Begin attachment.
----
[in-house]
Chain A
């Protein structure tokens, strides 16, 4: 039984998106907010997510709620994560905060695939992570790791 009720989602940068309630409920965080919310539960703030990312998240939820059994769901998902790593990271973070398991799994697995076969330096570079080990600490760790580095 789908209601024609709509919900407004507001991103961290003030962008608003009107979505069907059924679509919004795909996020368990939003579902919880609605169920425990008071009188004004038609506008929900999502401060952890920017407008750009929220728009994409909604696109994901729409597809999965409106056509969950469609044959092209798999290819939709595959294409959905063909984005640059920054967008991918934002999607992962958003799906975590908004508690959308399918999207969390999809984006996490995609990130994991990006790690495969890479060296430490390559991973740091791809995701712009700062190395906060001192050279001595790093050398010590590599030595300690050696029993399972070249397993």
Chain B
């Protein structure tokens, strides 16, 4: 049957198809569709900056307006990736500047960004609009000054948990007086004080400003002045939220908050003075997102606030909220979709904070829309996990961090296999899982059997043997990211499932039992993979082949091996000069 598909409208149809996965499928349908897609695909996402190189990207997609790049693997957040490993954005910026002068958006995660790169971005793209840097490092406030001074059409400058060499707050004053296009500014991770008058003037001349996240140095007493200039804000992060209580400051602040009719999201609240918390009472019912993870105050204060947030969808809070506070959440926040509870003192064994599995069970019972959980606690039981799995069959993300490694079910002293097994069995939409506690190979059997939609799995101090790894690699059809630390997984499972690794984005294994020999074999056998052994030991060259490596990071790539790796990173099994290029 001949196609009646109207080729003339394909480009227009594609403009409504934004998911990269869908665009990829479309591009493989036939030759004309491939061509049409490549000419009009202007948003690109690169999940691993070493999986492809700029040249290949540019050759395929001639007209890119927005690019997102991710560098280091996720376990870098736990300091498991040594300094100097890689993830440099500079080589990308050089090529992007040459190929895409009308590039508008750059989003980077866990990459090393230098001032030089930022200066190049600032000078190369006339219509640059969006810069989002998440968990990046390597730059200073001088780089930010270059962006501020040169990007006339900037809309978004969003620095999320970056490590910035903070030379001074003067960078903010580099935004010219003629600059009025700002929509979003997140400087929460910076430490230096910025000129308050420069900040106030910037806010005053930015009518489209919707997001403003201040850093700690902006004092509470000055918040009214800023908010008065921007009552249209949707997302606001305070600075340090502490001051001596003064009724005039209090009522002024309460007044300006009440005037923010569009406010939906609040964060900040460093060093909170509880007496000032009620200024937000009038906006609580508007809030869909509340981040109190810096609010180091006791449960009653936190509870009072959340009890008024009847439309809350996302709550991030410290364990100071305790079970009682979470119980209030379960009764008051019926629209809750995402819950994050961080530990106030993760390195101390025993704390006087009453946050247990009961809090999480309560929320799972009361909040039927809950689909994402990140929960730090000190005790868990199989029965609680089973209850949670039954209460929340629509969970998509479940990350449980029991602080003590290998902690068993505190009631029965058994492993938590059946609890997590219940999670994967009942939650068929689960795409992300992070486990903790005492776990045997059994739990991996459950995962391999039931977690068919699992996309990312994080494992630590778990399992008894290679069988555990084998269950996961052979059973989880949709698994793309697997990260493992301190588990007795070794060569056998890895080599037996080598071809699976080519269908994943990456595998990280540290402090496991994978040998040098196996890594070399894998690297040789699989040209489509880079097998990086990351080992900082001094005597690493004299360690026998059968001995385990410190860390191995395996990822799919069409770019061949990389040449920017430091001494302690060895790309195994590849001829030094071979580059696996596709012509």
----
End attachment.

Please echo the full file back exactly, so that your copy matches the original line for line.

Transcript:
[in-house]
Chain A
């Protein structure tokens, strides 16, 4: 039984998106907010997510709620994560905060695939992570790791 009720989602940068309630409920965080919310539960703030990312998240939820059994769901998902790593990271973070398991799994697995076969330096570079080990600490760790580095 789908209601024609709509919900407004507001991103961290003030962008608003009107979505069907059924679509919004795909996020368990939003579902919880609605169920425990008071009188004004038609506008929900999502401060952890920017407008750009929220728009994409909604696109994901729409597809999965409106056509969950469609044959092209798999290819939709595959294409959905063909984005640059920054967008991918934002999607992962958003799906975590908004508690959308399918999207969390999809984006996490995609990130994991990006790690495969890479060296430490390559991973740091791809995701712009700062190395906060001192050279001595790093050398010590590599030595300690050696029993399972070249397993």
Chain B
């Protein structure tokens, strides 16, 4: 049957198809569709900056307006990736500047960004609009000054948990007086004080400003002045939220908050003075997102606030909220979709904070829309996990961090296999899982059997043997990211499932039992993979082949091996000069 598909409208149809996965499928349908897609695909996402190189990207997609790049693997957040490993954005910026002068958006995660790169971005793209840097490092406030001074059409400058060499707050004053296009500014991770008058003037001349996240140095007493200039804000992060209580400051602040009719999201609240918390009472019912993870105050204060947030969808809070506070959440926040509870003192064994599995069970019972959980606690039981799995069959993300490694079910002293097994069995939409506690190979059997939609799995101090790894690699059809630390997984499972690794984005294994020999074999056998052994030991060259490596990071790539790796990173099994290029 001949196609009646109207080729003339394909480009227009594609403009409504934004998911990269869908665009990829479309591009493989036939030759004309491939061509049409490549000419009009202007948003690109690169999940691993070493999986492809700029040249290949540019050759395929001639007209890119927005690019997102991710560098280091996720376990870098736990300091498991040594300094100097890689993830440099500079080589990308050089090529992007040459190929895409009308590039508008750059989003980077866990990459090393230098001032030089930022200066190049600032000078190369006339219509640059969006810069989002998440968990990046390597730059200073001088780089930010270059962006501020040169990007006339900037809309978004969003620095999320970056490590910035903070030379001074003067960078903010580099935004010219003629600059009025700002929509979003997140400087929460910076430490230096910025000129308050420069900040106030910037806010005053930015009518489209919707997001403003201040850093700690902006004092509470000055918040009214800023908010008065921007009552249209949707997302606001305070600075340090502490001051001596003064009724005039209090009522002024309460007044300006009440005037923010569009406010939906609040964060900040460093060093909170509880007496000032009620200024937000009038906006609580508007809030869909509340981040109190810096609010180091006791449960009653936190509870009072959340009890008024009847439309809350996302709550991030410290364990100071305790079970009682979470119980209030379960009764008051019926629209809750995402819950994050961080530990106030993760390195101390025993704390006087009453946050247990009961809090999480309560929320799972009361909040039927809950689909994402990140929960730090000190005790868990199989029965609680089973209850949670039954209460929340629509969970998509479940990350449980029991602080003590290998902690068993505190009631029965058994492993938590059946609890997590219940999670994967009942939650068929689960795409992300992070486990903790005492776990045997059994739990991996459950995962391999039931977690068919699992996309990312994080494992630590778990399992008894290679069988555990084998269950996961052979059973989880949709698994793309697997990260493992301190588990007795070794060569056998890895080599037996080598071809699976080519269908994943990456595998990280540290402090496991994978040998040098196996890594070399894998690297040789699989040209489509880079097998990086990351080992900082001094005597690493004299360690026998059968001995385990410190860390191995395996990822799919069409770019061949990389040449920017430091001494302690060895790309195994590849001829030094071979580059696996596709012509």